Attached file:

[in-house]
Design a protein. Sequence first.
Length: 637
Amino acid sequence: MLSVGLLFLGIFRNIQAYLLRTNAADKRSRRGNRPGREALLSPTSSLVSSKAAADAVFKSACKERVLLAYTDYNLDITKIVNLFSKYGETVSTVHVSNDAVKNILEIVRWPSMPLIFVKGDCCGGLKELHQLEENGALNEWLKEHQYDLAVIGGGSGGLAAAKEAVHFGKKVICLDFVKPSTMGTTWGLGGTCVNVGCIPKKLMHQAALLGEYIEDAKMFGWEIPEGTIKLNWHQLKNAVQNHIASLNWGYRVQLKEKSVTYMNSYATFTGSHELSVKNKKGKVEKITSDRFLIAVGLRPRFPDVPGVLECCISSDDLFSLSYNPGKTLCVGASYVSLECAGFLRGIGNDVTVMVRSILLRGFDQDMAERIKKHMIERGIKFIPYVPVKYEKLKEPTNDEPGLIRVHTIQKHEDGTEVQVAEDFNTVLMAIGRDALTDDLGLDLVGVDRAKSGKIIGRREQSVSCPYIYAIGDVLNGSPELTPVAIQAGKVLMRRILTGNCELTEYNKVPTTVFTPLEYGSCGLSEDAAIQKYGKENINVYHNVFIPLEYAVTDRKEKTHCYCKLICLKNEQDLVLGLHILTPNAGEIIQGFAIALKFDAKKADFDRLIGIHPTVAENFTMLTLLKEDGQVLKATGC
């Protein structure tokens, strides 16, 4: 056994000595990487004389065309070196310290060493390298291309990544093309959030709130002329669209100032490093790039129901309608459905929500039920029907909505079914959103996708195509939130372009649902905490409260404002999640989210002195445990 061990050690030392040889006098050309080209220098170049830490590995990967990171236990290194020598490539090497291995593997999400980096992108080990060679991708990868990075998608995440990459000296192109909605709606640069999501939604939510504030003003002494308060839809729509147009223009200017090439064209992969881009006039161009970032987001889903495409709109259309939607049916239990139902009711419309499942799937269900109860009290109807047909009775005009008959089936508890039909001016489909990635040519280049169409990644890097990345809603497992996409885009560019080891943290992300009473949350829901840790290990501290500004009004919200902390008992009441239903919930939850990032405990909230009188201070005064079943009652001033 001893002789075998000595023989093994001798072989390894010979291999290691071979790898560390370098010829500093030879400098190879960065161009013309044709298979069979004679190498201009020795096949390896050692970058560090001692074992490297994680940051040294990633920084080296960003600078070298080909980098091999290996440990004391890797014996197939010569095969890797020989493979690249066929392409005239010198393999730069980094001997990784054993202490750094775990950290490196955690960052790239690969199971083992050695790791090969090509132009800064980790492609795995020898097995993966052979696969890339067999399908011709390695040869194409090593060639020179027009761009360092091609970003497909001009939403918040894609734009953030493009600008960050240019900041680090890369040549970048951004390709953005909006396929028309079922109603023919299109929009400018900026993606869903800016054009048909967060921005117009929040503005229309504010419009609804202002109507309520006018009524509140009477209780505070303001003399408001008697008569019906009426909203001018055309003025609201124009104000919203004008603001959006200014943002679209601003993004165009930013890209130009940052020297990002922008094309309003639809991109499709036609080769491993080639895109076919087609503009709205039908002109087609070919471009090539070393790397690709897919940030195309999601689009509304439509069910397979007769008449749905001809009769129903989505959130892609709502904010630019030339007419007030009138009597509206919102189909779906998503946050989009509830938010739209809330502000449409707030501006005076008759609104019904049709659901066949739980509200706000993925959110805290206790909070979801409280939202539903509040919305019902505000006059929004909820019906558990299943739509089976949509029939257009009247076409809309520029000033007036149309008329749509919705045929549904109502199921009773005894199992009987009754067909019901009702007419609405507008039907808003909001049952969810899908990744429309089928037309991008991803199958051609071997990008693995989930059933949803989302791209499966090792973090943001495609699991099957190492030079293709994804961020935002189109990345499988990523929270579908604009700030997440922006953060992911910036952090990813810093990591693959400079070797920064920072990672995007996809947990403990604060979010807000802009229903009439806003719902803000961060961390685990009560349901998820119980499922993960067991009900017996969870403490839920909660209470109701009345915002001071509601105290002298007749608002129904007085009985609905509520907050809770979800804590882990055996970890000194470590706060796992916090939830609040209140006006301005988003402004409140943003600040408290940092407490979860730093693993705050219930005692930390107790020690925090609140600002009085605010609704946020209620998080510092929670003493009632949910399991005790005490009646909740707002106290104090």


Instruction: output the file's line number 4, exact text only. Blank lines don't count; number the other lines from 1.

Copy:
Amino acid sequence: MLSVGLLFLGIFRNIQAYLLRTNAADKRSRRGNRPGREALLSPTSSLVSSKAAADAVFKSACKERVLLAYTDYNLDITKIVNLFSKYGETVSTVHVSNDAVKNILEIVRWPSMPLIFVKGDCCGGLKELHQLEENGALNEWLKEHQYDLAVIGGGSGGLAAAKEAVHFGKKVICLDFVKPSTMGTTWGLGGTCVNVGCIPKKLMHQAALLGEYIEDAKMFGWEIPEGTIKLNWHQLKNAVQNHIASLNWGYRVQLKEKSVTYMNSYATFTGSHELSVKNKKGKVEKITSDRFLIAVGLRPRFPDVPGVLECCISSDDLFSLSYNPGKTLCVGASYVSLECAGFLRGIGNDVTVMVRSILLRGFDQDMAERIKKHMIERGIKFIPYVPVKYEKLKEPTNDEPGLIRVHTIQKHEDGTEVQVAEDFNTVLMAIGRDALTDDLGLDLVGVDRAKSGKIIGRREQSVSCPYIYAIGDVLNGSPELTPVAIQAGKVLMRRILTGNCELTEYNKVPTTVFTPLEYGSCGLSEDAAIQKYGKENINVYHNVFIPLEYAVTDRKEKTHCYCKLICLKNEQDLVLGLHILTPNAGEIIQGFAIALKFDAKKADFDRLIGIHPTVAENFTMLTLLKEDGQVLKATGC